Last year when I first started to feel drawn to Christianity I spent a lot of time worrying about how this would affect my relationship with our friends who are gay. Three of our very dearest friends are homosexual men and it made me cringe to think about having to defend Christian beliefs on their lifestyle.
Though I was eager to tell everyone else about my spiritual journey, I kept this part of my life hidden from my gay friends. Also, at the time the issue of gay marriage was the hot topic in our state. When I thought of the subject coming up at an upcoming dinner party where we’d be the only heterosexual couple there I decided I’d just have to pretend to choke to death on my food to avoid having to talk about it.
My guilt around the issue should have been a sign that something was amiss. I didn’t feel guilty about defending other areas of Christian teaching, but this stood out as an uncomfortable issue for me. And now I understand why.
Back then I was arguing from our modern, contraception culture’s view of marriage. If I’d taken the time to write out a definition of “marriage” it would have been something like: a commitment to sexual monogamy that you enter into when you really like someone, usually involving an exchange of rings. That’s it. The beauty I saw in it is that it was two people coming together who really, really liked each other. Coming at it from this point of view, where many married couples are not much different than roommates, the whole thing about it being between a man and a woman seems pretty arbitrary. I still had a vague gut feeling that marriage should be between a man and a woman, and I believed that that was probably also the “correct” point of view to hold as a Christian, but I had a hard time defending those beliefs.
Until I discovered the Catholic Church. As with so many other things in my life, it all fell into place. I shouldn’t have been surprised that looking at it through the lens of Church wisdom, sanctioned by God and honed over 2, 000 years by some of the greatest minds in Western civilization, made everything clear.
It immediately struck me that I was applying God’s laws unequally. I saw one standard for behavior applying to those who are attracted to people of the opposite gender, and another applying to those who are attracted to people of the same gender. By arguing from the modern, pro-contraception view of marriage I was saying to my gay friends, “We can use sex as a recreational activity but you can’t.” It didn’t feel right.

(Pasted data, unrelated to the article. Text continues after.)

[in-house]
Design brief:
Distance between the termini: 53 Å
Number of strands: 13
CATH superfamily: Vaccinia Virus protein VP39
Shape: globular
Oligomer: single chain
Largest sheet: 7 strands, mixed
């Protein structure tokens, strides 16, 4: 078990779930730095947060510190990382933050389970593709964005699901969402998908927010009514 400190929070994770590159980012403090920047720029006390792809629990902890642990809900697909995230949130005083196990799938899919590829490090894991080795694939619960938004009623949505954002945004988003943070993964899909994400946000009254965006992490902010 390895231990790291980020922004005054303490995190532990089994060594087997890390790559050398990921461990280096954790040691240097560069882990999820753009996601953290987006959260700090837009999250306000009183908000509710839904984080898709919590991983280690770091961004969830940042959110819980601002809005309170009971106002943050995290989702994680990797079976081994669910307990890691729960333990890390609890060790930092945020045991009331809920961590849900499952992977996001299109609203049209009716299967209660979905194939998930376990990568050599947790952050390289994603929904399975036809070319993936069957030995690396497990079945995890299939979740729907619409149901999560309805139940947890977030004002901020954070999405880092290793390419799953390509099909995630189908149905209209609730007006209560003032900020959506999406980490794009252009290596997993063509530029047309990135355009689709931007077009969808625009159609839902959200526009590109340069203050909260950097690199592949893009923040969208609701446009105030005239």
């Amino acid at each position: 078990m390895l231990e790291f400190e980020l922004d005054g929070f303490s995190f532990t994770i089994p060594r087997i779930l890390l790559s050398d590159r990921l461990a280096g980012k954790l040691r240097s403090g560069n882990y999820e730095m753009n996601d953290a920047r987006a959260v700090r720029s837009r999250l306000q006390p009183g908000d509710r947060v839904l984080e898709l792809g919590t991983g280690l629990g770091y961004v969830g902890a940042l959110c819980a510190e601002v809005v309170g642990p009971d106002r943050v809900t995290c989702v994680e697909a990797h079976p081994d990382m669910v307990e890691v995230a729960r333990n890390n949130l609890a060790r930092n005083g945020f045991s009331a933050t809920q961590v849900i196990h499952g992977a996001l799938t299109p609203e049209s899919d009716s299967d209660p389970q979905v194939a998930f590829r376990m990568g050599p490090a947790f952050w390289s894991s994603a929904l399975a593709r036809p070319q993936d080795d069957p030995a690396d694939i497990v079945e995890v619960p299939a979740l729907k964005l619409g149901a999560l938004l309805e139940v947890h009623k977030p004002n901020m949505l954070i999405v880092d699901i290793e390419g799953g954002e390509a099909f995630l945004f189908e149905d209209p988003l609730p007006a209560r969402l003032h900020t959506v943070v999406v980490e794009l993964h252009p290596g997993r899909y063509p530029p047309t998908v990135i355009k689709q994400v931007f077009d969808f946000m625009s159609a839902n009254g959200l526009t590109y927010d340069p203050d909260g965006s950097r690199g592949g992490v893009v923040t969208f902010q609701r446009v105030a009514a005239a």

My acceptance of contraception — something I’d never even thought to question before I discovered Catholicism — necessitated the view that marriage does not have to go hand in hand with the creation of children. That makes the purpose of marriage difficult to discern but it’s basically just sexual monogamy. And (per that acceptance of contraception) sex isn’t even that big of a deal anyway. From there it seemed downright rude to tell gays and lesbians that they couldn’t get in on that.
It didn’t take too much reading of the Cathecism to realize where I’d gone wrong.
As I delved further and further into the Church my view of marriage changed drastically. I was intimidated by the huge, almost crushingly heavy responsibility that comes with accepting Catholic teaching. Yet I knew I’d found truth here. And I knew that I would no longer be holding myself to a different standard than my friends who had same-sex attractions.
Though my opinion is that gay marriage is not the same thing as heterosexual marriage, I don’t feel guilty about it. As a Catholic, those opinions are based on teachings that are heavy for me as well as for my friends with same-sex attractions. Just because I’m married doesn’t mean that I get a “Get Out of Sin Free” Card when it comes to sex; that by virtue of being heterosexual all I had to do was exchange some vows and then go on my merry way; that casual sex is OK as long as it’s done by a married man and woman. To practice what I preach when I say that respect for the gravity of the sexual act is what separates us from animals, that it’s not to be used for solely for personal pleasure, that the act should always involve openness to life, is not easy.
As demanding as Catholic teachings on sex and marriage are, it’s actually been easier to defend. I no longer get wrapped up in the confusing back-and-forths and circular logic involved in trying to defend the sanctity of marriage while accepting pretty much any two people as “married” as long as they’re heterosexual and they exchanged some rings. I actually have even more sympathy for my gay friends on this issue now. They don’t see anything particularly unique about the unions that our anti-life, pro-contraception culture calls “marriage” that would exclude them. And, frankly, neither do I.
UPDATE: I posted on this here as well.
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